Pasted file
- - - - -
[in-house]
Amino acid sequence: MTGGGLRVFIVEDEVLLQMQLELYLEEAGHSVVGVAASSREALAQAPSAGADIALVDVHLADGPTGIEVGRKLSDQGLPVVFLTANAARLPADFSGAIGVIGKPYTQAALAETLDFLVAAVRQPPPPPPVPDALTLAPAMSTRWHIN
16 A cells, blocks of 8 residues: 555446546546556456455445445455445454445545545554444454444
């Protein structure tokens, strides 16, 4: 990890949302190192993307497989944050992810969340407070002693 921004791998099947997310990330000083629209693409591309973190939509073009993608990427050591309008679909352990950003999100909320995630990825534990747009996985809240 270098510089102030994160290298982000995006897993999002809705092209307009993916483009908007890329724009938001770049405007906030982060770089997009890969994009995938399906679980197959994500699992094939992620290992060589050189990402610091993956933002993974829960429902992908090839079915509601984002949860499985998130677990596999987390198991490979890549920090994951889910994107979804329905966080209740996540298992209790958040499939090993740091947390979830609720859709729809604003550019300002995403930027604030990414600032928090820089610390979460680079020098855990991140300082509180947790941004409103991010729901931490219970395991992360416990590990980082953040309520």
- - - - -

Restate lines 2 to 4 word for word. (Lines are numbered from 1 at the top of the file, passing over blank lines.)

Amino acid sequence: MTGGGLRVFIVEDEVLLQMQLELYLEEAGHSVVGVAASSREALAQAPSAGADIALVDVHLADGPTGIEVGRKLSDQGLPVVFLTANAARLPADFSGAIGVIGKPYTQAALAETLDFLVAAVRQPPPPPPVPDALTLAPAMSTRWHIN
16 A cells, blocks of 8 residues: 555446546546556456455445445455445454445545545554444454444
């Protein structure tokens, strides 16, 4: 990890949302190192993307497989944050992810969340407070002693 921004791998099947997310990330000083629209693409591309973190939509073009993608990427050591309008679909352990950003999100909320995630990825534990747009996985809240 270098510089102030994160290298982000995006897993999002809705092209307009993916483009908007890329724009938001770049405007906030982060770089997009890969994009995938399906679980197959994500699992094939992620290992060589050189990402610091993956933002993974829960429902992908090839079915509601984002949860499985998130677990596999987390198991490979890549920090994951889910994107979804329905966080209740996540298992209790958040499939090993740091947390979830609720859709729809604003550019300002995403930027604030990414600032928090820089610390979460680079020098855990991140300082509180947790941004409103991010729901931490219970395991992360416990590990980082953040309520």